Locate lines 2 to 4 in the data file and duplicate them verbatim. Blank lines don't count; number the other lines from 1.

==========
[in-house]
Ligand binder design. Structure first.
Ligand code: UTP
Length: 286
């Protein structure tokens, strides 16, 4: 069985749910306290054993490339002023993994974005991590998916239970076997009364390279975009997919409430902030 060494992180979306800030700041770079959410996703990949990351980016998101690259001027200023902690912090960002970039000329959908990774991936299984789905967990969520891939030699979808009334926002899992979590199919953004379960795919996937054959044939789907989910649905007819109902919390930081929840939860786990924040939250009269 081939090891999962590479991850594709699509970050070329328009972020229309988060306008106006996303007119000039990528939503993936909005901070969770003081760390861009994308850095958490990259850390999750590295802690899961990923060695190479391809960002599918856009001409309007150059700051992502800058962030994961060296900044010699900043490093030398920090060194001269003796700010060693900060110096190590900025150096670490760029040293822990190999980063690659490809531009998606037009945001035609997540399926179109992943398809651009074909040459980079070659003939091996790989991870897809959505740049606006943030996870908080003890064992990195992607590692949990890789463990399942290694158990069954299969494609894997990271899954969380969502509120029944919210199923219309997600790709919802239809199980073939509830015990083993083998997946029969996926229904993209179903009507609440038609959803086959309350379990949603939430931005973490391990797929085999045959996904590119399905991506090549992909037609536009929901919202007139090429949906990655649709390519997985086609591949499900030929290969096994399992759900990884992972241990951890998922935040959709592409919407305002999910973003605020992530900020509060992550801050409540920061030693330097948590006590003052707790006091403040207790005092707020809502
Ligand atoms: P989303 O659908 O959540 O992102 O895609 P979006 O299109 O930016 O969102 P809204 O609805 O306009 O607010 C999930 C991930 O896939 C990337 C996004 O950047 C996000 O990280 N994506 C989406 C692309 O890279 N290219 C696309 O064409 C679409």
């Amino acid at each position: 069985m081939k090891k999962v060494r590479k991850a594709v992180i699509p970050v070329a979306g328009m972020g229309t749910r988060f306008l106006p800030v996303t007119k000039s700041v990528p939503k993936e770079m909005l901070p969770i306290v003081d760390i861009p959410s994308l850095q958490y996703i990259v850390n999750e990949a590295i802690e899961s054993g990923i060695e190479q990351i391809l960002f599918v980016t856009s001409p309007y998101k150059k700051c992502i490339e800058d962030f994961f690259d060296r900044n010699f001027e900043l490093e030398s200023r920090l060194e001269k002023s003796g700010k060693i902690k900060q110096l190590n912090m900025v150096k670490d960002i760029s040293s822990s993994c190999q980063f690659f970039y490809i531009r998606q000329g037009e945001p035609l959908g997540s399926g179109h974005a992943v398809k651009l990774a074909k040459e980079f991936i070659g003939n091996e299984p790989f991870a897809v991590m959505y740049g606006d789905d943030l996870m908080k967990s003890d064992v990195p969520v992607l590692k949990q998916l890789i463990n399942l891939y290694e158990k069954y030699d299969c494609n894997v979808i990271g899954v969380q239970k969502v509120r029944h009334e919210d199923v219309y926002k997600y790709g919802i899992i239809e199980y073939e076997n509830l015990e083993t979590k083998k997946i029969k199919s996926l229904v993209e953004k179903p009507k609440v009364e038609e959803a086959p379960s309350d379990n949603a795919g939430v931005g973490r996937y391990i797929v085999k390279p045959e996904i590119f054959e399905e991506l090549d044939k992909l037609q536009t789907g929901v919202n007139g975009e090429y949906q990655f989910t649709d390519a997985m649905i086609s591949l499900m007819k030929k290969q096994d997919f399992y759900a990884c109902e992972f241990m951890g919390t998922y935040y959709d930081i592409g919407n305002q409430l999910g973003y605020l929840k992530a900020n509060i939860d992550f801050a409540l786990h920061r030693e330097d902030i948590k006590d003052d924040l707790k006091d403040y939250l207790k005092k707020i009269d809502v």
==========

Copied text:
Ligand binder design. Structure first.
Ligand code: UTP
Length: 286